ANY SEALED SYSTEM REPAIRS TO COOL-ONLYMODELS REQUIRE THE INSTALLATION OF A LIQUID LINE DRIER. ALSO, ANY SEALED SYSTEM REPAIRS TO HEAT PUMP MODELS REQUIRE THE INSTALLATION OF A SUCTION LINE DRIER.

EQUIPMENT REQUIRED:

1.Voltmeter

2.Ammeter

3.Ohmmeter

4.E.P.A. Approved Refrigerant Recovery System

5.Vacuum Pump (capable of 200 microns or less vacuum.)

6.Acetylene Welder

7.Electronic Halogen Leak Detector capable of detecting HFC (Hydrofluorocarbon) refrigerants.

8.Accurate refrigerant charge measuring device such as:

a.Balance Scales - 1/2 oz. accuracy

b.Charging Board - 1/2 oz. accuracy

9.High Pressure Gauge - (0 - 750 lbs.)

10.Low Pressure Gauge - (30 - 200 lbs.)

11.Vacuum Gauge - (0 - 1000 microns)

12. Facilitiesforflowingnitrogenthroughrefrigerationtubing

during all brazing processes.

EQUIPMENT MUST BE CAPABLE OF:

1.Recovering refrigerant to EPA required levels.

2.Evacuation from both the high side and low side of the system simultaneously.

3.Introducing refrigerant charge into high side of the system.

4.Accurately weighing the refrigerant charge actually introduced into the system.

WARNING

RISK OF ELECTRIC SHOCK

Unplug and/or disconnect all electrical power to the unit before performing inspections, maintenances or service.

Failure to do so could result in electric shock, serious injury or death.

WARNING

HIGH PRESSURE HAZARD

Sealed Refrigeration System contains refrigerant and oil under high pressure.

Proper safety procedures must be followed, and proper protective clothing must be worn when working with refrigerants.

Failure to follow these procedures could result in serious injury or death.

Refrigerant Charging

Proper refrigerant charge is essential to proper unit operation. Operating a unit with an improper refrigerant charge will result in reduced performance (capacity) and/or efficiency.

Accordingly, the use of proper charging methods during servicing will insure that the unit is functioning as designed and that its compressor will not be damaged.

Too much refrigerant (overcharge) in the system is just as bad (if not worse) than not enough refrigerant (undercharge). They both can be the source of certain compressor failures if they remain uncorrected for any period of time. Quite often, other problems (such as low air flow across evaporator, etc.) are misdiagnosed as refrigerant charge problems. The refrigerant circuit diagnosis chart will assist you in properly diagnosing these systems.

An overcharged unit will at times return liquid refrigerant (slugging) back to the suction side of the compressor eventually causing a mechanical failure within the compressor. This mechanical failure can manifest itself as valve failure, bearing failure, and/or other mechanical failure. The specific type of failure will be influenced by the amount of liquid being returned, and the length of time the slugging continues.

Not enough refrigerant (undercharge) on the other hand, will cause the temperature of the suction gas to increase to the point where it does not provide sufficient cooling for the compressor motor. When this occurs, the motor winding temperature will increase causing the motor to overheat and possibly cycle open the compressor overload protector. Continued overheating of the motor windings and/or cycling of the overload will eventually lead to compressor motor or overload failure.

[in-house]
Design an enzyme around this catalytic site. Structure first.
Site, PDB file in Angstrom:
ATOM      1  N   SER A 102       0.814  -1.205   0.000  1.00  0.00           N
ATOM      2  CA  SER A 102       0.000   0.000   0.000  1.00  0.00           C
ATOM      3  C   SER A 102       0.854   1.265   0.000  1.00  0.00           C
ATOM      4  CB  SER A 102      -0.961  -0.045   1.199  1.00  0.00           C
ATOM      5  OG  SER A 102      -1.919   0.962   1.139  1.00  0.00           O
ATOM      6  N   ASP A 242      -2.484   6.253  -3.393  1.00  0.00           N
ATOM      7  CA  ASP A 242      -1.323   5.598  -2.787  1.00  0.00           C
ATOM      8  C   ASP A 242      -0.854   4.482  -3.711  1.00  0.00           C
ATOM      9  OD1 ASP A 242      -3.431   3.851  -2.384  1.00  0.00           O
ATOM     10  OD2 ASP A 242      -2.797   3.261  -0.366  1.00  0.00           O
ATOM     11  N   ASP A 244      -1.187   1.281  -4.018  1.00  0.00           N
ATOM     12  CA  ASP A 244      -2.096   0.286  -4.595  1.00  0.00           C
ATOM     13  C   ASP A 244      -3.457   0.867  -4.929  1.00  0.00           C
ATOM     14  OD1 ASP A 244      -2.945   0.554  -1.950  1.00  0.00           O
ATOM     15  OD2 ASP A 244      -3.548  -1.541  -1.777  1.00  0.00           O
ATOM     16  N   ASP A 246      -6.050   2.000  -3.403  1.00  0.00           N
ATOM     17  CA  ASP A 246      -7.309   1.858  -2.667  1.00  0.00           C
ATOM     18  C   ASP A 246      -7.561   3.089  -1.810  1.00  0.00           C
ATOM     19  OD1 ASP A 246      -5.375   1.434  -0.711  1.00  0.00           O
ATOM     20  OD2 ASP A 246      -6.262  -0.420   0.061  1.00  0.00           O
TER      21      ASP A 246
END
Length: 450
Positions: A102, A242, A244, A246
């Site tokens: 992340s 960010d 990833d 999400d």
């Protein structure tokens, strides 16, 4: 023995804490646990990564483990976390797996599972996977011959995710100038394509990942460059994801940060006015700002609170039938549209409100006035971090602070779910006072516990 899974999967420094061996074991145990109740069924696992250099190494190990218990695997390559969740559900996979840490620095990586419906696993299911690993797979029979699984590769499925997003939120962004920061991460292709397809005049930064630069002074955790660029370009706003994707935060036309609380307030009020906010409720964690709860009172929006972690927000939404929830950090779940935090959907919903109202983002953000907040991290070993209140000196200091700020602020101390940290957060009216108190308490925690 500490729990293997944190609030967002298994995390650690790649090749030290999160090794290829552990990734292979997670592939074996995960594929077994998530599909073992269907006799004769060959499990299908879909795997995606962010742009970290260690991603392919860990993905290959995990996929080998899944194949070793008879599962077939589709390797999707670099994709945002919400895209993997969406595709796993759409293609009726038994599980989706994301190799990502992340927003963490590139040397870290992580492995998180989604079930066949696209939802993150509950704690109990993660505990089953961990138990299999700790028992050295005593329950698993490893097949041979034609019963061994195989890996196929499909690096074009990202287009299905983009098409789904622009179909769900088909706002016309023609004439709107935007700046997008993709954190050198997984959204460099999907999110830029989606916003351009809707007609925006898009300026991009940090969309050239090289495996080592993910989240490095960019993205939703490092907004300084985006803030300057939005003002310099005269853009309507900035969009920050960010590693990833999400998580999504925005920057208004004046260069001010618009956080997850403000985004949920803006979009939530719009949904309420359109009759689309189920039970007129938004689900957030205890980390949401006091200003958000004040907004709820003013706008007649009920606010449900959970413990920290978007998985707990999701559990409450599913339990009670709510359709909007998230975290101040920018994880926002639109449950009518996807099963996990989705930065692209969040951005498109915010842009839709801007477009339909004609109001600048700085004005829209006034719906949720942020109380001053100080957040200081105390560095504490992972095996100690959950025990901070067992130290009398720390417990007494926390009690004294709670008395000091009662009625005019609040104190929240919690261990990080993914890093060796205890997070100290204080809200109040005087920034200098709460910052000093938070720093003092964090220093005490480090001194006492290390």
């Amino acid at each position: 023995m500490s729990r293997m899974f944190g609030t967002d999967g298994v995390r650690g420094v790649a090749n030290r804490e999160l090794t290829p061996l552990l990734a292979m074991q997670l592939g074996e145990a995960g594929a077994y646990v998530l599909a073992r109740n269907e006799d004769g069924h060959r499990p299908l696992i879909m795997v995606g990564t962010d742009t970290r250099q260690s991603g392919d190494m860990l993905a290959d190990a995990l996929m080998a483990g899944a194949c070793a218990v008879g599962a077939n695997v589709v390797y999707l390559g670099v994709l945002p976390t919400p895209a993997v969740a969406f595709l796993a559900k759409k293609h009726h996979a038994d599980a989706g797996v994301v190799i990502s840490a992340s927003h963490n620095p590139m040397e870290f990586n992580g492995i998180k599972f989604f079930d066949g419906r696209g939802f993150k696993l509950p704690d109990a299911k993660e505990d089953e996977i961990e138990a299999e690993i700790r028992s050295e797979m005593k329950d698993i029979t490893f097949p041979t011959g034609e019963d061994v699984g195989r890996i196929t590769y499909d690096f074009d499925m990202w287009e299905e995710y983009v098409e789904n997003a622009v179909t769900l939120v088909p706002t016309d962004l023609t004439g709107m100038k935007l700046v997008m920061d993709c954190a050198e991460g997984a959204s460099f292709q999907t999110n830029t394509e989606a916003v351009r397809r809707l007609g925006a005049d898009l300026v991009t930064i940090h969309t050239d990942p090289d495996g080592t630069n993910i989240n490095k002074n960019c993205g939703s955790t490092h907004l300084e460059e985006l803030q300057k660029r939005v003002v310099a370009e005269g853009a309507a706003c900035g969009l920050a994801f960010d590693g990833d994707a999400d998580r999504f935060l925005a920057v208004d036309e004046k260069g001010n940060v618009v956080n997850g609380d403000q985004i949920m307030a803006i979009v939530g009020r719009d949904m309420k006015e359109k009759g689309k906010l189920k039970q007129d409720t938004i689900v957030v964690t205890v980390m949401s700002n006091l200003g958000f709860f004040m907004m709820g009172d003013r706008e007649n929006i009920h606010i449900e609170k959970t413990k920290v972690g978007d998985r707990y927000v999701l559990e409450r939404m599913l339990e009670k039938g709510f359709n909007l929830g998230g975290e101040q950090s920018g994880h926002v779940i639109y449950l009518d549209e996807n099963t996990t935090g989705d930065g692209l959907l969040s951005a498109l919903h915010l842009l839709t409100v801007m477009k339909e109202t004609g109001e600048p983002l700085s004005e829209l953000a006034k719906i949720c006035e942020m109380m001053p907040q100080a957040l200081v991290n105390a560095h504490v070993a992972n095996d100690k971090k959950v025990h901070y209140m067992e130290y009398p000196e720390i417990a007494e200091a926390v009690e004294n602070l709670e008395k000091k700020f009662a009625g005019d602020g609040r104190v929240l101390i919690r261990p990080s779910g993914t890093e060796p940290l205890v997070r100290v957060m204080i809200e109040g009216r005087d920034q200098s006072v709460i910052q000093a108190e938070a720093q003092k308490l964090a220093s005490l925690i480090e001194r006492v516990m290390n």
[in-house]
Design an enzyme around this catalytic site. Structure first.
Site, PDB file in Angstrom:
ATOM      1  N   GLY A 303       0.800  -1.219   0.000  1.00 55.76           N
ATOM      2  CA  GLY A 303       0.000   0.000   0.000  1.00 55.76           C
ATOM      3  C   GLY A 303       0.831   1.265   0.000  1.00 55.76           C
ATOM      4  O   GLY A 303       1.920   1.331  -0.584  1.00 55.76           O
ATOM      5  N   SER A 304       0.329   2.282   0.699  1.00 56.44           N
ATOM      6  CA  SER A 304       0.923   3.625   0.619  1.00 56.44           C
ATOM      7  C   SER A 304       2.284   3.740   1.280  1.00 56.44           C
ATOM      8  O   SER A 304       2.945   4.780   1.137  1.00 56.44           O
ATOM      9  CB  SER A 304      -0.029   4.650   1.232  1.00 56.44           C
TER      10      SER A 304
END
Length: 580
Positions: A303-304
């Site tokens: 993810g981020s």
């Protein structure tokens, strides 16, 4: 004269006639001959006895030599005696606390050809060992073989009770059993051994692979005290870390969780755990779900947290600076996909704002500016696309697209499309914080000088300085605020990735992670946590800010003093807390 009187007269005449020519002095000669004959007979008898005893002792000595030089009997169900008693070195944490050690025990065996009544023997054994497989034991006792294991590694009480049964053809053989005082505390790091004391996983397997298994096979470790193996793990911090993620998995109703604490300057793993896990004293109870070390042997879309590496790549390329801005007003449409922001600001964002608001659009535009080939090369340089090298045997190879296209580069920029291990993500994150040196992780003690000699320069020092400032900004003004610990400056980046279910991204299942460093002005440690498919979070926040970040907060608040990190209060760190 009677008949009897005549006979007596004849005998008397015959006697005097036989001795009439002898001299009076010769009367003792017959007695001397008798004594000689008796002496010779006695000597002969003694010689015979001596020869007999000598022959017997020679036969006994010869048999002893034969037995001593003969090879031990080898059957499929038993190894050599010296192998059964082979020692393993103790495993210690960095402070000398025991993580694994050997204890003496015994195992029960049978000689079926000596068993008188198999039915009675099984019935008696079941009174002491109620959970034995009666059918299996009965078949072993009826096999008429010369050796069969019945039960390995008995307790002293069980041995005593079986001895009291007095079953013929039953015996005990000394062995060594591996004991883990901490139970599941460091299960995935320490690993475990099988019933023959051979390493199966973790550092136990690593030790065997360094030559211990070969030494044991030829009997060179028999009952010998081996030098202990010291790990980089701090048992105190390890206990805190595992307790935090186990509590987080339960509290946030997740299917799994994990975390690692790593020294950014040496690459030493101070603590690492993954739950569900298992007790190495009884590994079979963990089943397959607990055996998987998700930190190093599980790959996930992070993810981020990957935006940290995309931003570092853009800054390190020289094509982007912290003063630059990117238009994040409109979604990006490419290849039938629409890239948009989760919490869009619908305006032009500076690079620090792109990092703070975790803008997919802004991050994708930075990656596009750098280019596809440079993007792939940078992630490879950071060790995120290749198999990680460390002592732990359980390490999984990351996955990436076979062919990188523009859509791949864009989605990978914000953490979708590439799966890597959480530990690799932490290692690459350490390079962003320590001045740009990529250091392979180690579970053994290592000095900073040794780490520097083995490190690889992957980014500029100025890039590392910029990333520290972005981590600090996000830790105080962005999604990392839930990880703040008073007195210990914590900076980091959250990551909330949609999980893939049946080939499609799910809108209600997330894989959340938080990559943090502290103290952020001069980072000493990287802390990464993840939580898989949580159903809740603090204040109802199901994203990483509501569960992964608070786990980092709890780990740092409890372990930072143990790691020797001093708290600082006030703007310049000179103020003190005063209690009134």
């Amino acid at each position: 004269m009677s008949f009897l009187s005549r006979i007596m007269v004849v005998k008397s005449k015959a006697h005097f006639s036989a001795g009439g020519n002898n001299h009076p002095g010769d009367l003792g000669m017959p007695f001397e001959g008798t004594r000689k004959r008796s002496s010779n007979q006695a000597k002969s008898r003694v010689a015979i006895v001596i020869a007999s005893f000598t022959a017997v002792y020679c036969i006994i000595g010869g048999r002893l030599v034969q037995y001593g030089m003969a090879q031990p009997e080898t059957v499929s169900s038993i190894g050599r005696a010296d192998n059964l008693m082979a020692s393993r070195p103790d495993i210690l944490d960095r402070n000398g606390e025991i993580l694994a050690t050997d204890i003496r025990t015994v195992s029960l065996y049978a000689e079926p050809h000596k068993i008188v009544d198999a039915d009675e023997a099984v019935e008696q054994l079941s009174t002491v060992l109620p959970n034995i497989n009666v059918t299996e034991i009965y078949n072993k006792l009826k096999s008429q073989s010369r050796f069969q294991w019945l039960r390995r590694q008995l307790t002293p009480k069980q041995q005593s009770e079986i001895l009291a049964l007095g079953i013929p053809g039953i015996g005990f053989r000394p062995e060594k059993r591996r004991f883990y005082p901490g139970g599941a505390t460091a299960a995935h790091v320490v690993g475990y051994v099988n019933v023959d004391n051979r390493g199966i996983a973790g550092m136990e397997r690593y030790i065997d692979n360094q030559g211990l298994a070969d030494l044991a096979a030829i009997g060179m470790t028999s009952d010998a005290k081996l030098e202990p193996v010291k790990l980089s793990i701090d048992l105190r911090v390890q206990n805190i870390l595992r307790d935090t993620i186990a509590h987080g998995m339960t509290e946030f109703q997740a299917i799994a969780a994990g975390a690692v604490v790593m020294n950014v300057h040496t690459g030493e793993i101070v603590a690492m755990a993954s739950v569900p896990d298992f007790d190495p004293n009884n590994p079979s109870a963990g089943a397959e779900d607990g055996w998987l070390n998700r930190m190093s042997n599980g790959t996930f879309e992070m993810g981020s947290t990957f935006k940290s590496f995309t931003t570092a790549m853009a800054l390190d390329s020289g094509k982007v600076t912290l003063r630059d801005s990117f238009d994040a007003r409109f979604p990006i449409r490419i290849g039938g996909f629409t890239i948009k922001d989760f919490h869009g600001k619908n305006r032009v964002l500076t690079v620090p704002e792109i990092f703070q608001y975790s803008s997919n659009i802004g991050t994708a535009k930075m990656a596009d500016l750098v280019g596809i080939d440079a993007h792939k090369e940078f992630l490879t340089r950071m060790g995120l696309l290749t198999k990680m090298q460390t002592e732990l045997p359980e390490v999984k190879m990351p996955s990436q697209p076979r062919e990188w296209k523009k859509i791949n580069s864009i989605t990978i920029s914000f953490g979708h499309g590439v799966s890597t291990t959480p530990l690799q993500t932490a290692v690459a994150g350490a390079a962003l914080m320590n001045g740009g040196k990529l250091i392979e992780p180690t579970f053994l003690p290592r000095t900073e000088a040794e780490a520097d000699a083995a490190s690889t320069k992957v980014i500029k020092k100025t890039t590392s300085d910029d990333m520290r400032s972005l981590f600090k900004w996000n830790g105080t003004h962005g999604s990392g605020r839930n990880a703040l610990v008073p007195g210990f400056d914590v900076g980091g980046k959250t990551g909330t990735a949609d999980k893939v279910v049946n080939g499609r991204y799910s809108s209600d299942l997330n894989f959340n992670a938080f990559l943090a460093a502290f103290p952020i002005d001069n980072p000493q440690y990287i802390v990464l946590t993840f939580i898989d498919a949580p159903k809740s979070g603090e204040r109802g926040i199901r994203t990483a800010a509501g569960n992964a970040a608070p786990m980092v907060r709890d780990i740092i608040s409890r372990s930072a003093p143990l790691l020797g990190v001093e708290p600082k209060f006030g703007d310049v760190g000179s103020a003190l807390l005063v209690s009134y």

21

Method Of Charging / Repairs

The acceptable method for charging the RAC system is the

Weighed in Charge Method. The weighed in charge method is applicable to all units. It is the preferred method to use, as it is the most accurate.

The weighed in method should always be used whenever a charge is removed from a unit such as for a leak repair, compressor replacement, or when there is no refrigerant charge left in the unit. To charge by this method, requires the following steps:

1.Install a piercing valve to remove refrigerant from the sealedsystem. (Piercing valve must be removed from the system before recharging.)

2.Recover Refrigerant in accordance with EPA regulations.

WARNING

BURN HAZARD

Proper safety procedures must be followed, and proper protective clothing must be worn when working with a torch.

Failure to follow these procedures could result in moderate or serious injury.

3. Install a process tube to sealed system.

CAUTION

FREEZE HAZARD

Proper safety procedures must be followed, and proper protective clothing must be worn when working with liquid refrigerant.

Failure to follow these procedures could result in minor to moderate injury.

4.Make necessary repairs to system.

5.Evacuate system to 200 microns or less.

6.Weigh in refrigerant with the property quantity of R-410Arefrigerant.

7.Start unit, and verify performance.

WARNING

BURN HAZARD

Proper safety procedures must be followed, and proper protective clothing must be worn when working with a torch.

Failure to follow these procedures could result in moderate or serious injury.

8. Crimp the process tube and solder the end shut.

WARNING

ELECTRIC SHOCK HAZARD

Turn off electric power before service or installation.

Extreme care must be used, if it becomes necessary to work on equipment with power applied.